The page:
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Special counsel Mueller’s Russia investigation now includes infamous Trump dossier: report

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WASHINGTON (Reuters) – The special counsel investigating whether Russia tried to sway the 2016 U.S. election has taken over FBI inquiries into a former British spy’s dossier of allegations of Russian financial and personal links to President Donald Trump’s campaign and associates, sources familiar with the inquiry told Reuters.

A report compiled by former MI6 officer Christopher Steele identified Russian businessmen and others whom U.S. intelligence analysts have concluded are Russian intelligence officers or working on behalf of the Russian government.

A spokesman for special counsel Robert Mueller declined comment. The FBI also declined comment.

Three sources with knowledge of Mueller’s probe said his investigators have assumed control of multiple inquiries into allegations by U.S. intelligence agencies that Russia interfered in the election to benefit Trump, a Republican.

Russia has repeatedly denied any meddling in the election.

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Two officials familiar with the investigations said that both Mueller’s team and the Senate Intelligence Committee are seeking any evidence that former Trump campaign manager Paul Manafort or others who had financial dealings with Russia might have helped Kremlin intelligence agencies target email hacking and social media postings undermining Trump’s election opponent, Democrat Hillary Clinton.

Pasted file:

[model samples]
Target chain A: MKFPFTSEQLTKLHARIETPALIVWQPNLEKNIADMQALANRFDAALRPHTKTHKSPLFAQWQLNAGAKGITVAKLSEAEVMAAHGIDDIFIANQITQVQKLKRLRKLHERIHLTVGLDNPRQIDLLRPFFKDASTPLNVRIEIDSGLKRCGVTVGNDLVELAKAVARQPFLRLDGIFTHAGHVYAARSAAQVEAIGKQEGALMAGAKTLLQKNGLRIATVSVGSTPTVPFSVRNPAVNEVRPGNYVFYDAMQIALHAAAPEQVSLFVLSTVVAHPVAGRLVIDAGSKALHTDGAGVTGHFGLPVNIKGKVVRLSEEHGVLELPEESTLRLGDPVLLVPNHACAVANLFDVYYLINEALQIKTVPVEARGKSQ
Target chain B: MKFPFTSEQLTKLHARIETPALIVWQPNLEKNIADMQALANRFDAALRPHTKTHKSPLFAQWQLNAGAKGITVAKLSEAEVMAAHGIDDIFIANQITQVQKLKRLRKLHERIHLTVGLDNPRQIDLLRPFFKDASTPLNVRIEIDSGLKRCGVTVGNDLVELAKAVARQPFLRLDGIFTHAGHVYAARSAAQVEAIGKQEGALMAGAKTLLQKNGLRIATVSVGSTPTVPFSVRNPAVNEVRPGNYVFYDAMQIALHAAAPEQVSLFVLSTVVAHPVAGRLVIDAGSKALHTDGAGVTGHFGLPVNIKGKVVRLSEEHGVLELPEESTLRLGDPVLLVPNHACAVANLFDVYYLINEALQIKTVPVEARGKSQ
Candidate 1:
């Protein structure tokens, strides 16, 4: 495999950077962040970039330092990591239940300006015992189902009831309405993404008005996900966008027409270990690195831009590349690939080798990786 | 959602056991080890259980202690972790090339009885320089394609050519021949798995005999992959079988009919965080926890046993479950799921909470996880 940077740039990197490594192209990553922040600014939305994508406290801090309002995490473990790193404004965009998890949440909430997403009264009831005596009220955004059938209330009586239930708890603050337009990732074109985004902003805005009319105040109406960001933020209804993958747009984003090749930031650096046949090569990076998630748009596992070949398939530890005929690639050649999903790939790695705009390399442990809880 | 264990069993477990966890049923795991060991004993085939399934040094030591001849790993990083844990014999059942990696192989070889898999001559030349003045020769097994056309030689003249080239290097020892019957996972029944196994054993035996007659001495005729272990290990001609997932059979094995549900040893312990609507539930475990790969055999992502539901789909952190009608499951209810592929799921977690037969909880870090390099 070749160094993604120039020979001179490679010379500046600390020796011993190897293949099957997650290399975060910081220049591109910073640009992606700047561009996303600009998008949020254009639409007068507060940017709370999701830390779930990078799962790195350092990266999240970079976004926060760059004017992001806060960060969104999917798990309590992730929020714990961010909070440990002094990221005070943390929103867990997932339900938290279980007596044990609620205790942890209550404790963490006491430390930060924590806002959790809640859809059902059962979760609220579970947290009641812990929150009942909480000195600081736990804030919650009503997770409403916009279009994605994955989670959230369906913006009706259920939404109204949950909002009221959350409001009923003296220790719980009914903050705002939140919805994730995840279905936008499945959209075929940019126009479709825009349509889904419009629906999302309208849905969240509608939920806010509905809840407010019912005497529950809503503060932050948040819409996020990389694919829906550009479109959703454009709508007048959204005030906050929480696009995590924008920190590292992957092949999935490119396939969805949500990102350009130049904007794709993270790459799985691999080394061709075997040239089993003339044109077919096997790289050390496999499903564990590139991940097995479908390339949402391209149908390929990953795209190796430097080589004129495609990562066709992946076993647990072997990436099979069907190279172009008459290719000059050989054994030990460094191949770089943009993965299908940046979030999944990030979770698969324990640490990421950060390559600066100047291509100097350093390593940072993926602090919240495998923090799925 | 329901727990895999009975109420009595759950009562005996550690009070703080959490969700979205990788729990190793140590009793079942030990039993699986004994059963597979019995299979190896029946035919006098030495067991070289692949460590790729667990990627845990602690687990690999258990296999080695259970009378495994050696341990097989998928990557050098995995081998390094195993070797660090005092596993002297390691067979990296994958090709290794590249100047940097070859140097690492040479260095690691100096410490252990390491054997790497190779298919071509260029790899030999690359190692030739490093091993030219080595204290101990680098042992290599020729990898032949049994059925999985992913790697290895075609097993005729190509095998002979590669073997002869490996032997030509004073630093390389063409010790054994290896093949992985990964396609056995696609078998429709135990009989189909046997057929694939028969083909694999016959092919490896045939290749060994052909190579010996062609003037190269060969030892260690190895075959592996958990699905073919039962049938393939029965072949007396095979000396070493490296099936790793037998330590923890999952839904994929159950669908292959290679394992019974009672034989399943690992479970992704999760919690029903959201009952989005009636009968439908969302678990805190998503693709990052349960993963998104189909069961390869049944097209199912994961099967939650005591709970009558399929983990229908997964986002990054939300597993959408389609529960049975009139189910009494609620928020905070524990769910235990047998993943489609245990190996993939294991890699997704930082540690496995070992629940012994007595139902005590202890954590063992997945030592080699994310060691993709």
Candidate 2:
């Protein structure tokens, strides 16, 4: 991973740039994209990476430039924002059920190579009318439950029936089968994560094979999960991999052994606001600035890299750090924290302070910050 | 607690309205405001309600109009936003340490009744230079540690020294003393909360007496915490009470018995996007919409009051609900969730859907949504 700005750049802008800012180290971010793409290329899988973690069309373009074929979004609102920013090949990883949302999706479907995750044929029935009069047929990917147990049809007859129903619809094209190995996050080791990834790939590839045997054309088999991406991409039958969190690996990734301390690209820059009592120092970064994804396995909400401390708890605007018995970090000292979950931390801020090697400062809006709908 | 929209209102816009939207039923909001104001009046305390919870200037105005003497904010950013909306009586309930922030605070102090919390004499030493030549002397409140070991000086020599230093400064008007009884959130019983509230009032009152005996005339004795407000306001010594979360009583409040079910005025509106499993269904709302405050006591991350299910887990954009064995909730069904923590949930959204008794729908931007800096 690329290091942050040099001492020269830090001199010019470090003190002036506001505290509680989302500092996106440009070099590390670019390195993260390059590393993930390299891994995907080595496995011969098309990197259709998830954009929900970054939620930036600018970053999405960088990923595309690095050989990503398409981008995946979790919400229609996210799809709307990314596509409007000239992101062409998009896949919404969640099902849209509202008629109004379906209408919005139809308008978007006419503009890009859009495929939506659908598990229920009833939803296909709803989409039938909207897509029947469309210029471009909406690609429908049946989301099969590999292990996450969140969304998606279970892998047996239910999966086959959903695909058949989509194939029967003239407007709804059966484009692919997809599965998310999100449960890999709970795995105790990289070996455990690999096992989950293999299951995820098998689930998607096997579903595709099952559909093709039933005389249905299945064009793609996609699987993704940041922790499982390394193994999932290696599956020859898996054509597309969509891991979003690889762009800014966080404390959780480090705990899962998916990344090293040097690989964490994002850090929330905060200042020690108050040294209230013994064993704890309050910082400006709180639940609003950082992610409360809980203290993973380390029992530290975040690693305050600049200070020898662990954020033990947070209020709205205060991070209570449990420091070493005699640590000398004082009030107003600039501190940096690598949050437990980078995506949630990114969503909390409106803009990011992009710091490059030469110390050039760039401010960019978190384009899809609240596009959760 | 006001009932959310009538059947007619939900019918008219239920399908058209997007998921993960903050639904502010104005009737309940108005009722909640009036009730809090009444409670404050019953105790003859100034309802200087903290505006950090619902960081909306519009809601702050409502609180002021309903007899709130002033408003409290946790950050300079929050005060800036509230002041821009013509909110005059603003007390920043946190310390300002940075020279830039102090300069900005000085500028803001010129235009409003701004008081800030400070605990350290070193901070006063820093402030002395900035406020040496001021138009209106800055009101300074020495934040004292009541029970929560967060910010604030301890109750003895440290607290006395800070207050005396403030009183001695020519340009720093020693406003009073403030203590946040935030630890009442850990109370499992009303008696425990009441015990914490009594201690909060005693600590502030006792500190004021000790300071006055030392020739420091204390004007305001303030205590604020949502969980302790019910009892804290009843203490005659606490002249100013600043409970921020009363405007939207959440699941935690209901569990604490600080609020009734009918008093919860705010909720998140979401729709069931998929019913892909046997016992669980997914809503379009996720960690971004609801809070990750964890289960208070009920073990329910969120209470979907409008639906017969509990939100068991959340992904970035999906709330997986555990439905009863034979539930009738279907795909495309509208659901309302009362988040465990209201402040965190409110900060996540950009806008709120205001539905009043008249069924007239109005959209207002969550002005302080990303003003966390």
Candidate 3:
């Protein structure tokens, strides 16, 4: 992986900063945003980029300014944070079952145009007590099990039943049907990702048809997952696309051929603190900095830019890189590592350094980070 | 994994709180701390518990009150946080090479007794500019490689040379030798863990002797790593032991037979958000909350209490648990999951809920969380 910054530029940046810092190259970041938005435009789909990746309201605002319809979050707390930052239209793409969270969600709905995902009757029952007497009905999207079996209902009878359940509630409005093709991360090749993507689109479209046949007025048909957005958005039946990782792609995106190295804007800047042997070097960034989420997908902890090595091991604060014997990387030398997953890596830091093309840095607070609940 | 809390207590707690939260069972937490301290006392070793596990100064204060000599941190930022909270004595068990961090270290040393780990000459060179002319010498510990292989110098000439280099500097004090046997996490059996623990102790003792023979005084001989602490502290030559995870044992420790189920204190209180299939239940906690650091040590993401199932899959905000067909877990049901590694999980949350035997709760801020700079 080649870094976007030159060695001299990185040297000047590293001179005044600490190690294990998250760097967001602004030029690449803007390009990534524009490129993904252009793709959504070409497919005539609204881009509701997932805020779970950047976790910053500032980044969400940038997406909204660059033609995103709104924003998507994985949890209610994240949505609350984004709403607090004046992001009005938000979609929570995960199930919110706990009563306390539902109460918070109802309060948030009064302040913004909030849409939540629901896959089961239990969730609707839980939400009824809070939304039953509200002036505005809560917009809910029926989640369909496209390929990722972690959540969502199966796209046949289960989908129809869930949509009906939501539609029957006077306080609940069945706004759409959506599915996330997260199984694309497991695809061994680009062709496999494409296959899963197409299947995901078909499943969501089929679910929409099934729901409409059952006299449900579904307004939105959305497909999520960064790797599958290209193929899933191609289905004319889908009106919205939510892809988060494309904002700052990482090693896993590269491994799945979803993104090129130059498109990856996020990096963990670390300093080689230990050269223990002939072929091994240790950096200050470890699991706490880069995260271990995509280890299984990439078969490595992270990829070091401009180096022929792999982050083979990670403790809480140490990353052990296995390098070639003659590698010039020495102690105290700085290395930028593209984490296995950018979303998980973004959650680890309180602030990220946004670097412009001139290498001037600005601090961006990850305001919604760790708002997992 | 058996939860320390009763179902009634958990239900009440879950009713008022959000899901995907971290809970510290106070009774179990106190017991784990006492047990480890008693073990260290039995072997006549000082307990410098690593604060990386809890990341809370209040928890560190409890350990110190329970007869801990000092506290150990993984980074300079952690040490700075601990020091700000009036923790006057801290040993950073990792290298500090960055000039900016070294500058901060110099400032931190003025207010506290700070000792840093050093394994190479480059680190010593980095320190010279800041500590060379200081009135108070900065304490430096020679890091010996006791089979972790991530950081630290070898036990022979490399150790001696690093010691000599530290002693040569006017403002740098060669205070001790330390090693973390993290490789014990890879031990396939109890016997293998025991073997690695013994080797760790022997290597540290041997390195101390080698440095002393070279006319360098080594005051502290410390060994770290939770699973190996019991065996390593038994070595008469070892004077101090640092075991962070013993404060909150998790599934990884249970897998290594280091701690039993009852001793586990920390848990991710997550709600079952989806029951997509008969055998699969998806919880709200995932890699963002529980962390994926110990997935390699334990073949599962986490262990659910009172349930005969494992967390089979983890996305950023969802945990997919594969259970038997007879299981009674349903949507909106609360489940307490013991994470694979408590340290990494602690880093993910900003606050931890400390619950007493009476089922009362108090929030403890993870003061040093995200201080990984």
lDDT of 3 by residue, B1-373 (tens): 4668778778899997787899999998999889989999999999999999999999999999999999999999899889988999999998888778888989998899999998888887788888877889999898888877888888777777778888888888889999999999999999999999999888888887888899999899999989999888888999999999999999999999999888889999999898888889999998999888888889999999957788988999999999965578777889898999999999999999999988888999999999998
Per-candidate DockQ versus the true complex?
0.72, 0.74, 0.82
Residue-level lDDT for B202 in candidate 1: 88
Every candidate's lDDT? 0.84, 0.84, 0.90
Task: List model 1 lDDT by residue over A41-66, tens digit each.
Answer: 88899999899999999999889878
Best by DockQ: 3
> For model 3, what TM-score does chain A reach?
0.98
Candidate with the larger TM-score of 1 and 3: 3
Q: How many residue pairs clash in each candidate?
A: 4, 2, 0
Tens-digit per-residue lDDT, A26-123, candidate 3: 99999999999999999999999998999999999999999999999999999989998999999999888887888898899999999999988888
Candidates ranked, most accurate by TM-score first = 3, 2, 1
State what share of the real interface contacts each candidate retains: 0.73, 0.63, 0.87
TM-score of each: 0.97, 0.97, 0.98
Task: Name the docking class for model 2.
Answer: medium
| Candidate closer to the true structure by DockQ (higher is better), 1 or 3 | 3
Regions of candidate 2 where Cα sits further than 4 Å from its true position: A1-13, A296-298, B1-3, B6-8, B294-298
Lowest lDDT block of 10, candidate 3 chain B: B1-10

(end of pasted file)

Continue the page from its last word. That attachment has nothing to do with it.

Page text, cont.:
On Wednesday, the Senate panel’s chairman Richard Burr told reporters that the issue of whether Trump’s campaign colluded with Russia remains an open question.

“We have not come to any determination on collusion,” Burr said.

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Trump, who has called allegations of campaign collusion with Moscow a hoax, has faced questions about the matter since he took office in January.

Trump was told by former FBI director James Comey that Steele’s report contained salacious material about the businessman-turned-president.

Burr said on Wednesday that the Senate panel had made several attempts to contact Steele and to meet him and “those offers have gone unaccepted.”

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“The committee cannot really decide the credibility of the dossier without understanding things like who paid for it, who are your sources and sub-sources,” Burr said.

Burr said the panel wanted to finish its investigation by the end of the year.

Although several news organizations, including Reuters, were briefed on Steele’s dossier before the election in November, most decided not to report on the material because its inflammatory and sometimes salacious content could not be verified.

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In a report published in January four U.S. intelligence agencies said they took the dossier’s allegations seriously.

Not long after he began his Trump investigation, Steele discussed his work with a senior FBI agent who traveled to England to meet with him, according to sources familiar with the matter and emails seen by Reuters.